Postgraduate: Qasim Akinreti; Biological recognition; Queen's University

The outrage sparked by the Nigerian journalist Isioma Daniel's piece about the 2002 Miss World contest showed how different that country's reporting is from our own (Daniel studied journalism in the UK). Now, a Nigerian broadcaster is set to bring less controversial Western techniques to his profession, having taken an MA in online journalism at Nottingham Trent University.

Qasim Akinreti, who worked for the international radio service Voice of Nigeria as a news reporter and political correspondent before coming to Nottingham, says that he is the first person from Nigeria to have gained such a qualification. Journalism in his home country is a challenge, he says, because only a few writers have use of the computers and phones needed to file stories, and access to vital information is often restricted. The Nottingham course covers all aspects of online journalism, including website design, audio and video capturing, and sub-editing. Mr Akinreti says that his employers will greatly value his new skills, which he will be able to pass on to colleagues.

* Biological recognition is the subject of a new PhD programme. It is not about bumping into people you know, but a range of organic events that scientists want to understand better. "Biological recognition is an interaction that triggers a consequence," says Sebastian Springer, professor of biochemistry and cell biology at the International University Bremen, which is running the course. "An example, from our immune system, is when a virus-infected cell is sought out and destroyed by a T-cell." Such events happen on various scales, including at DNA level. To understand what the events have in common, students will need to use various disciplines, including biochemistry and physiology. "They will gain the dual benefit of studying complex phenomena and using a large number of methods, giving them transferable skills," says Professor Springer.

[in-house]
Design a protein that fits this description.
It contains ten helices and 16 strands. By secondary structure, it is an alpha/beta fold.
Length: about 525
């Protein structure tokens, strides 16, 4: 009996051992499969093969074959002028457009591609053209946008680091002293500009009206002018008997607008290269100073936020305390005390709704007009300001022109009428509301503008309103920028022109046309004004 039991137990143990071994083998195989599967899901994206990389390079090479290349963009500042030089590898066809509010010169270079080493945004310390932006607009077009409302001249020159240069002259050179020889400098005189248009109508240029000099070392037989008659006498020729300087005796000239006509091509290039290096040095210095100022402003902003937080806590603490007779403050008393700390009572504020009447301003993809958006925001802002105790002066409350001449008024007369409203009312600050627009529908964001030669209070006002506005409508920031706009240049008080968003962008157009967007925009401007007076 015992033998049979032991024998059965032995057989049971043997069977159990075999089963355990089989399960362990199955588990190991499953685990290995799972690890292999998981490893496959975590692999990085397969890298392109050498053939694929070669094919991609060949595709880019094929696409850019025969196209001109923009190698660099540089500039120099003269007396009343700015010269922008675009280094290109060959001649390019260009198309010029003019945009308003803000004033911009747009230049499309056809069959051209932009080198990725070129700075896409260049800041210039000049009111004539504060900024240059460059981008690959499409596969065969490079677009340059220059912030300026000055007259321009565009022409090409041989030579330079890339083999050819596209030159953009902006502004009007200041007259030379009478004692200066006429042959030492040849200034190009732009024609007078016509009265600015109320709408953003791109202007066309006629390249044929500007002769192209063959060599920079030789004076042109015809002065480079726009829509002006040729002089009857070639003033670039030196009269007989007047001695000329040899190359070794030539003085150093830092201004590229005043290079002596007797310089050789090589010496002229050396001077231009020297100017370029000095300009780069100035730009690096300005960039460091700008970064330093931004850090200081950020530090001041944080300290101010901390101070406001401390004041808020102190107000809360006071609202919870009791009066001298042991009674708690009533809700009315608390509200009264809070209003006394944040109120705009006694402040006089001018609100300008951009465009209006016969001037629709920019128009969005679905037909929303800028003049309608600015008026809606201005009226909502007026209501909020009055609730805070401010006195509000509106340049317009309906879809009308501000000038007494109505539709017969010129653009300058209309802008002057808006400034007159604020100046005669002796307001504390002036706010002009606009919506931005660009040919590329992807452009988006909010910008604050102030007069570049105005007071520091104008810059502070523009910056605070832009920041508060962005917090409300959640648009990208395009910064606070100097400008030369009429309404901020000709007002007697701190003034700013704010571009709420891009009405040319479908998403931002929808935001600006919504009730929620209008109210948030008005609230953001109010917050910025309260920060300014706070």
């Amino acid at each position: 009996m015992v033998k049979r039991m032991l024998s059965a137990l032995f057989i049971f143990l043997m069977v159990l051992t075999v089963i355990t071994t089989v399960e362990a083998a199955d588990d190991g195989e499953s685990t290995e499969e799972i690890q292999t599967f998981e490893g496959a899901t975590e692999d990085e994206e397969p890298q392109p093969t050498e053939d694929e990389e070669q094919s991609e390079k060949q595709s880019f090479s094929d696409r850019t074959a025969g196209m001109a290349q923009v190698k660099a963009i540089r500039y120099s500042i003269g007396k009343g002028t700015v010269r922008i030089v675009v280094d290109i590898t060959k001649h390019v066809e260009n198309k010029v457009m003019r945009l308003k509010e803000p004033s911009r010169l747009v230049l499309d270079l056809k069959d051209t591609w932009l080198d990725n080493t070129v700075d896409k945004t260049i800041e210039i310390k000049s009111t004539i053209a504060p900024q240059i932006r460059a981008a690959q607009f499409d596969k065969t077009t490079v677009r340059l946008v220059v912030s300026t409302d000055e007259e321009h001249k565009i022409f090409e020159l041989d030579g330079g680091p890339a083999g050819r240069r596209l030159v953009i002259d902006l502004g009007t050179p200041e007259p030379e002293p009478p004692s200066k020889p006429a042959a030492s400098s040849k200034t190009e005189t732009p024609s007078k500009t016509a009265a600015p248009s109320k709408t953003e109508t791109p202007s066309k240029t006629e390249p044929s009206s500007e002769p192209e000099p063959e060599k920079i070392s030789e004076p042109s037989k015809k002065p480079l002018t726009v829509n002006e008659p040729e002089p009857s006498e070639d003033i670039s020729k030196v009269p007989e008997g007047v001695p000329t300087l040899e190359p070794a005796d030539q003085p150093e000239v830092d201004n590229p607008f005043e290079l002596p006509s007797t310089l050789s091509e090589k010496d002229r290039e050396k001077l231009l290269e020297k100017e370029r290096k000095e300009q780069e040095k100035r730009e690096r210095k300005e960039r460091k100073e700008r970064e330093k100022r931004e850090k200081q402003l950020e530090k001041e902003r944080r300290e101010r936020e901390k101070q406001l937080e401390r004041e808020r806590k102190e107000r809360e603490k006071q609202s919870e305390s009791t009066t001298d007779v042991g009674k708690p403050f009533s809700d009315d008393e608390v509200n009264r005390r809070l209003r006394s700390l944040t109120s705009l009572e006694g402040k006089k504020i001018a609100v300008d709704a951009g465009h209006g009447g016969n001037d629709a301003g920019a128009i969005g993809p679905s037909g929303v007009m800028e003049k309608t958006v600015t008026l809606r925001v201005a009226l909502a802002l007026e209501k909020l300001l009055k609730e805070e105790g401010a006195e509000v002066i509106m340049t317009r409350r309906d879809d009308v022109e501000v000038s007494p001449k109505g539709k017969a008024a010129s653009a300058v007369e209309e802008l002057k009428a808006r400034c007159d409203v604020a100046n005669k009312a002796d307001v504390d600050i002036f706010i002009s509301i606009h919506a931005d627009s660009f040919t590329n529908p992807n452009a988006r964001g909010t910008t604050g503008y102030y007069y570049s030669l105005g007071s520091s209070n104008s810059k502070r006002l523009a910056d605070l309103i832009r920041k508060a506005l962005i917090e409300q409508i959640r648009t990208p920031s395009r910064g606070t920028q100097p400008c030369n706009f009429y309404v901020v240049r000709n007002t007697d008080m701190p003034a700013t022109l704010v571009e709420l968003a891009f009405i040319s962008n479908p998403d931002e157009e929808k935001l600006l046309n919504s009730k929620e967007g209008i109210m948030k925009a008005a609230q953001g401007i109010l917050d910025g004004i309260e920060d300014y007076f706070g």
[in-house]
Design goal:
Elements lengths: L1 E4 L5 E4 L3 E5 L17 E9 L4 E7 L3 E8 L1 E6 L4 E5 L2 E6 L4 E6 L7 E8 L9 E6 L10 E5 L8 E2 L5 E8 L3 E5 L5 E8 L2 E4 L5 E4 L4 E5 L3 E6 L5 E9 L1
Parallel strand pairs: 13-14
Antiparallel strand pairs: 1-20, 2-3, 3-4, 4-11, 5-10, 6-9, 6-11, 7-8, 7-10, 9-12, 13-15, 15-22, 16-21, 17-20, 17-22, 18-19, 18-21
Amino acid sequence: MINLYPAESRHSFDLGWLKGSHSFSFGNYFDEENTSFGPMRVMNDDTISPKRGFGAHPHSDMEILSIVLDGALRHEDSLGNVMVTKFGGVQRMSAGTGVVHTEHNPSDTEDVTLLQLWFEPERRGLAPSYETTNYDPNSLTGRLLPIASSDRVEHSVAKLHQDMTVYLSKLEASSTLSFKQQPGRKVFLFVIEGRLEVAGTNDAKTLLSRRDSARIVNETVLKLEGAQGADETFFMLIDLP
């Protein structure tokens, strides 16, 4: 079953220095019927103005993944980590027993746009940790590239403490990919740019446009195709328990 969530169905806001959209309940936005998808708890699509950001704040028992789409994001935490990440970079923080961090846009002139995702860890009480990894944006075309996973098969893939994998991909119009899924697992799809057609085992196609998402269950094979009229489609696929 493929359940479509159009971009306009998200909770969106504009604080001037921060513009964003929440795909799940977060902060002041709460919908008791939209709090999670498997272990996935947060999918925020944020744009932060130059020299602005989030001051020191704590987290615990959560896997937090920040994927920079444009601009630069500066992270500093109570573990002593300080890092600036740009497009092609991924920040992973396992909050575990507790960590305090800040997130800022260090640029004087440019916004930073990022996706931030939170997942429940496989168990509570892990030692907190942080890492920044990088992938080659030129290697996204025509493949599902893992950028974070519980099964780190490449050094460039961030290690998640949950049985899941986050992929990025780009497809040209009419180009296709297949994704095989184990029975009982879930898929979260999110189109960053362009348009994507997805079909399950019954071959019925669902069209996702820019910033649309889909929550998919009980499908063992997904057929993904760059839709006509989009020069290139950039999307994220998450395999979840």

And that's not all they will get. There's a stipend of €9,000, guaranteed to successful applicants for two years in the first instance (the full PhD takes five years). And the university is new - the first students arrived in 2001 - offering a large green campus and state-of-the-art labs. Bremen is in the north of Germany, about an hour's drive from Hamburg. It is the country's only private university and a joint venture between Bremen and Rice University in Houston, Texas. Courses are taught in English. Professor Springer expects a minimum of 10 places to be offered on the new course, depending on the quality of applications. See www.iu-bremen.de/ses/biorec/ for more details.

* A weightlifting champion and a pair of identical twins have been awarded PhDs at Queen's University Belfast. Peter Stewart, 25, who has been Northern Ireland's weightlifting champion in the 77kg class for three years, got his doctorate last month in haematology. And Martin and John Ludlow, also 25, got theirs in molecular virology and theoretical atomic physics respectively.

g.mccann@independent.co.uk

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